With women now making up more than 50% of entering students at US and UK medical schools for the first time in history, they will have to contend with one major drawback in the field: sexual harassment by patients. Unfortunately, medical associations in the United States only investigate acts of sexual harassment perpetrated by peers and supervisors, not patients. Furthermore, associations provide no formal guidance on how to respond and stay safe in situations involving patient-perpetrated acts of sexual harassment.
The US National Academies of Sciences, Engineering, and Medicine classifies sexual harassment into three categories: gender discrimination, unwanted sexual attention, and sexual coercion. Compared with trainees of the scientific and engineering disciplines, female medical trainees report higher rates of sexual harassment.
Sexual harassment of female physicians is not limited only to training but is widespread in clinical practice. Male physicians also complain of sexual harassment perpetrated by patients. According to a recent survey, one in four physicians reported being sexually harassed by patients, with female providers bearing the brunt. On a related note, sexual harassment by patients occurs at four times the rate of sexual harassment initiated by colleagues and administrators.
The pernicious threat of patient-perpetrated sexual harassment has been swept under the rug for some time. Physicians have been encouraged to toughen up if experiencing sexual harassment by these aggressors. But such harassment is threatening not only to the patient-physician interaction but also the physician’s future. One form of patient-perpetrated sexual harassment, for example, involves the patient making false claims about the physician.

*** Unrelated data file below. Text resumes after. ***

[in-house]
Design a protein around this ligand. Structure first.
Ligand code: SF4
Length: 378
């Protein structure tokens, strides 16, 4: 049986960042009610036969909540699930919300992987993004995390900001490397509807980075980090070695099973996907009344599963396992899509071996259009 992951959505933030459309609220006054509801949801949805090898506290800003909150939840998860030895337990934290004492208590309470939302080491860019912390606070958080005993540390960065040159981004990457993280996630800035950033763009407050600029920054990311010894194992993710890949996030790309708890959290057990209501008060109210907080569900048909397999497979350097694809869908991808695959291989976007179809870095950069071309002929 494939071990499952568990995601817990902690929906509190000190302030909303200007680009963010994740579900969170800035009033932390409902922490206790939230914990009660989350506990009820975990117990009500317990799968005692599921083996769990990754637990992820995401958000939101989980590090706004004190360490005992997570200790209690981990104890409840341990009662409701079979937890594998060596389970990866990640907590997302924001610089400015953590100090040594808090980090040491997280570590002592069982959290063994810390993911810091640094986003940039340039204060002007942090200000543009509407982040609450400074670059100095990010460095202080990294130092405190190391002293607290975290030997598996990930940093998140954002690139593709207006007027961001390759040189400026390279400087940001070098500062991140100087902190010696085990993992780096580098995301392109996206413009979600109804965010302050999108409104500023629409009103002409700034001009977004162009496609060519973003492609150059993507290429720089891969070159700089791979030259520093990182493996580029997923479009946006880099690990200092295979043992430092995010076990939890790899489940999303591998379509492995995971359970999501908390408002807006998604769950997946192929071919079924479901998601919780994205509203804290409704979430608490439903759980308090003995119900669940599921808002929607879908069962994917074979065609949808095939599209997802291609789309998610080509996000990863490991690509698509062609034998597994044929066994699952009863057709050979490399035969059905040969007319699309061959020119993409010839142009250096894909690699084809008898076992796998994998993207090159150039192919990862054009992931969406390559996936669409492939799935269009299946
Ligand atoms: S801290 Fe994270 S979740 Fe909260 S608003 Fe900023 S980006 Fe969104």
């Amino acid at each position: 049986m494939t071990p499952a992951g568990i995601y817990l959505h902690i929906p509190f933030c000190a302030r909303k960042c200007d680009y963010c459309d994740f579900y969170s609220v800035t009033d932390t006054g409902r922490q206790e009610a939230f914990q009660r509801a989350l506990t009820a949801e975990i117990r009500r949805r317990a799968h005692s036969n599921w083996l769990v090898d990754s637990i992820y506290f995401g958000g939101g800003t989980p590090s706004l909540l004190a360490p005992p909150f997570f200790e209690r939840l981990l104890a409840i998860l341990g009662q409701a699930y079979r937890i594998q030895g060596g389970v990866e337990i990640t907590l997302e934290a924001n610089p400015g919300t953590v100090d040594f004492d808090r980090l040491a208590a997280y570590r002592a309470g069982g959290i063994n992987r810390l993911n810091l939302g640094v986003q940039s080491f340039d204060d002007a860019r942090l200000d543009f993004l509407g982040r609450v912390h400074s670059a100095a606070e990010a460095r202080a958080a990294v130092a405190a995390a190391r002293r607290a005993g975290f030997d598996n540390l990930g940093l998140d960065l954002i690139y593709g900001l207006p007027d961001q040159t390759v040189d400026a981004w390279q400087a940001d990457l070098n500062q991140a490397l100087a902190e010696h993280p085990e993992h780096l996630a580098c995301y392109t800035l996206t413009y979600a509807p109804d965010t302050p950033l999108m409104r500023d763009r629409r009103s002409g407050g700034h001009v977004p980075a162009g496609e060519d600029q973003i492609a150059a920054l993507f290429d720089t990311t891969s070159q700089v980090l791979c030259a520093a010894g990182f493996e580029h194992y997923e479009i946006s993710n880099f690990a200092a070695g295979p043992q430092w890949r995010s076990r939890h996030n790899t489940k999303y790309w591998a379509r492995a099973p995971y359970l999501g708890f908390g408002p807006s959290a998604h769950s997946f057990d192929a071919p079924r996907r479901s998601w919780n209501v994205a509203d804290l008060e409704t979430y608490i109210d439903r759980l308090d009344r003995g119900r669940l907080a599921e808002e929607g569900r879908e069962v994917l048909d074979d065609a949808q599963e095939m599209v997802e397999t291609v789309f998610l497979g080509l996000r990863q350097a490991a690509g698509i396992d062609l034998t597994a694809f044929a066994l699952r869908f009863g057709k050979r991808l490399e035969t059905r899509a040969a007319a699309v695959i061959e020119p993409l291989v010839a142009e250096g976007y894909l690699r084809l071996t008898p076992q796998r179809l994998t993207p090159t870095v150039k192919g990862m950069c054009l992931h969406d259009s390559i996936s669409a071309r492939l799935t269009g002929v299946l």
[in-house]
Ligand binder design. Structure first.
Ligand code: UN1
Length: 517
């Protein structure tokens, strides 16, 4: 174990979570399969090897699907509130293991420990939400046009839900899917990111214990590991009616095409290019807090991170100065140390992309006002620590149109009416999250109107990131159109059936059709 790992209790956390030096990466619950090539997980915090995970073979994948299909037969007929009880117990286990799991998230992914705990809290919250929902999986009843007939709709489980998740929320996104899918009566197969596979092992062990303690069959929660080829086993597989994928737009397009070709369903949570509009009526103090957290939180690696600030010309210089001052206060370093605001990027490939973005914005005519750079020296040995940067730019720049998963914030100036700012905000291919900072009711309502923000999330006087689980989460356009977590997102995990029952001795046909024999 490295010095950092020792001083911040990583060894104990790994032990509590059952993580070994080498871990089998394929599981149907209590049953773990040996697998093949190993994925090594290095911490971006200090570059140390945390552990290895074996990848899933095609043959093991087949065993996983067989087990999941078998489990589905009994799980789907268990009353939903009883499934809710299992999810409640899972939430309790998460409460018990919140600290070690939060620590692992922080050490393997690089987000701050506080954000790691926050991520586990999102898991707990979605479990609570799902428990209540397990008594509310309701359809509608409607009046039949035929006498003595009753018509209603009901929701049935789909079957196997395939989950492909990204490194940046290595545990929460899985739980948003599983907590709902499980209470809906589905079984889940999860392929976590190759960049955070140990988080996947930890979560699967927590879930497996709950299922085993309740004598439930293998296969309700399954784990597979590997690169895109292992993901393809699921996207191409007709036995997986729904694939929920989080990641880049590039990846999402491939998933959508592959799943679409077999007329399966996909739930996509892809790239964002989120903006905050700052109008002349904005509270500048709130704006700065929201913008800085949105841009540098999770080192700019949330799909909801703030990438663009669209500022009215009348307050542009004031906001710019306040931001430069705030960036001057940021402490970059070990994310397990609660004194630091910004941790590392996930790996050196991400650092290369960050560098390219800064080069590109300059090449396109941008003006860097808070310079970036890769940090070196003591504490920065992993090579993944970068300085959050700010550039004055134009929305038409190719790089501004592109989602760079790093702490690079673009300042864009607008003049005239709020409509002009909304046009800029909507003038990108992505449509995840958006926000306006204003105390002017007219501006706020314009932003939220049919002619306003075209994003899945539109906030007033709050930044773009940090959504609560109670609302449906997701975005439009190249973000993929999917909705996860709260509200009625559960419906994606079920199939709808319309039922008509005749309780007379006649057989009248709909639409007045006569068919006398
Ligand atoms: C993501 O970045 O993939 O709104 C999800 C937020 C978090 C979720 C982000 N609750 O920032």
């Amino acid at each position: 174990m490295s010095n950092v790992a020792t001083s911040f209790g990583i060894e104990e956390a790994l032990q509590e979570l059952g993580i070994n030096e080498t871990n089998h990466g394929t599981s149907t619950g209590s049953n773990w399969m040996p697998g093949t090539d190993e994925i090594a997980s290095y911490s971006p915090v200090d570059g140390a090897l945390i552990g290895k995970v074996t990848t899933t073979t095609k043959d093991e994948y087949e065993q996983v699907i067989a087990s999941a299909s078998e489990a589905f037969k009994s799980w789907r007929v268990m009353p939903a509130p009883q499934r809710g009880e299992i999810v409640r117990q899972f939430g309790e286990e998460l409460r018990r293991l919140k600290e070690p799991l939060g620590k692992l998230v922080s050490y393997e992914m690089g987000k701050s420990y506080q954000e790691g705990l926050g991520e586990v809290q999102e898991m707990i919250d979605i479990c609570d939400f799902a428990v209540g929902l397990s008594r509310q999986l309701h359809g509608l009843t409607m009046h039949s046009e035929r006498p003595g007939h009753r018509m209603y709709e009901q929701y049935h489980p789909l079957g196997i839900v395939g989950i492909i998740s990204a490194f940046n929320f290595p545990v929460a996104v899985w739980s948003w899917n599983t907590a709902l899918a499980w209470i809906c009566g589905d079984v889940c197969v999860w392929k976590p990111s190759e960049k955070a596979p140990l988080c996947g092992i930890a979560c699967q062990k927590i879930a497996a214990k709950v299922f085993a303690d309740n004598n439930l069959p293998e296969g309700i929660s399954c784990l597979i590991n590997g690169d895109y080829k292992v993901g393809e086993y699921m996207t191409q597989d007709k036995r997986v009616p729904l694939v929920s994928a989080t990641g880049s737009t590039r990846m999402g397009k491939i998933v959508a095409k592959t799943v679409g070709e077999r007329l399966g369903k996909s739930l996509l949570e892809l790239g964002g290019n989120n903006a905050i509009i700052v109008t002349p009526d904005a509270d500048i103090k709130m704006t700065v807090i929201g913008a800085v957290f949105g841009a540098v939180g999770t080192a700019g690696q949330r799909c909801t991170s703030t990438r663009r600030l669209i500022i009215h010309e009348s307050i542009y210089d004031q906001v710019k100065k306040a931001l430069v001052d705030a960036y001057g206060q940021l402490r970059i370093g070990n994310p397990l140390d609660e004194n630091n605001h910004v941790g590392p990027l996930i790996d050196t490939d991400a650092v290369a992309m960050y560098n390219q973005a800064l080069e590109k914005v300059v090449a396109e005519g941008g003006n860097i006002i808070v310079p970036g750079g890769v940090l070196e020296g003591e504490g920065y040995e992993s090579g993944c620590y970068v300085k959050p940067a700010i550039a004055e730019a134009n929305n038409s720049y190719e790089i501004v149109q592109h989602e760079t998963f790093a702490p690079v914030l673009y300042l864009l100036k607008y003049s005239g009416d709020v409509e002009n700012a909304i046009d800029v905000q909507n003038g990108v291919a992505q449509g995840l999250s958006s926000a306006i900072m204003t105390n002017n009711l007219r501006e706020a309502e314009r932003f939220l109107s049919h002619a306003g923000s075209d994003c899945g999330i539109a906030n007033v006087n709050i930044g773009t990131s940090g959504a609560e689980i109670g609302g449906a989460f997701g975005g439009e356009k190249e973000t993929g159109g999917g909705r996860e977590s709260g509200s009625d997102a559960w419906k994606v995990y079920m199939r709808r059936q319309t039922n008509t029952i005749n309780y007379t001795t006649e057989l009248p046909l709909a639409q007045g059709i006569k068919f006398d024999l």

Experts recommend that sexual harassment by patients be dealt with directly and proactively. It’s integral that clear written guidelines and policies be drawn up to address patient-initiated sexual harassment. These policies need to support the physician while establishing continuity of care for the patient by means of offering an alternative healthcare provider.
Acts of sexual harassment committed by patients may include:
- Comments regarding physical appearance
- Sending sexual texts, pictures, or emails
- Sexual innuendos
- Sexual propositions
- Unwanted physical contact (eg, touching, hugging, or groping)
- Self-fondling by patient
- Accusing the physician of making sexual advances
In an article published in The Lancet, Elizabeth M. Viglianti, MD, MPH, MSc, Department of Internal Medicine, Division of Pulmonary Critical Care, University of Michigan, Ann Arbor, MI, and co-authors detailed an algorithm they developed for physicians and medical trainees to follow when dealing with sexual harassment. Although the algorithm is intended for female guidance, its use may be extended to all physicians.
According to the algorithm, the physician must first ask the harassing patient to stop before attempting to proceed with care. If the patient doesn’t stop or the physician stills feels uncomfortable, possible steps include:
- Exiting the room and asking for help from another healthcare professional
- Filing a report to a superior or to authorities
- Transferring care to another physician with explicit warnings about the patient’s behavior
Patient-perpetrated sexual harassment needs to be reported by physicians. This harassment is usually unacknowledged or unreported by physicians—especially in cases where the patient has a mental illness. Conditions such as post-traumatic stress disorder, dementia, and traumatic brain injury can be used to explain inappropriate touching. However, even if these acts of sexual harassment are not intentional, it should not be tolerated.
It is important to take action against sexual harassment because it may affect your wellbeing as well as your career. Remember that if you ignore sexual harassment of any kind, you may be putting yourself and others at risk. Each physician must do their part to keep the medical community safe and effective.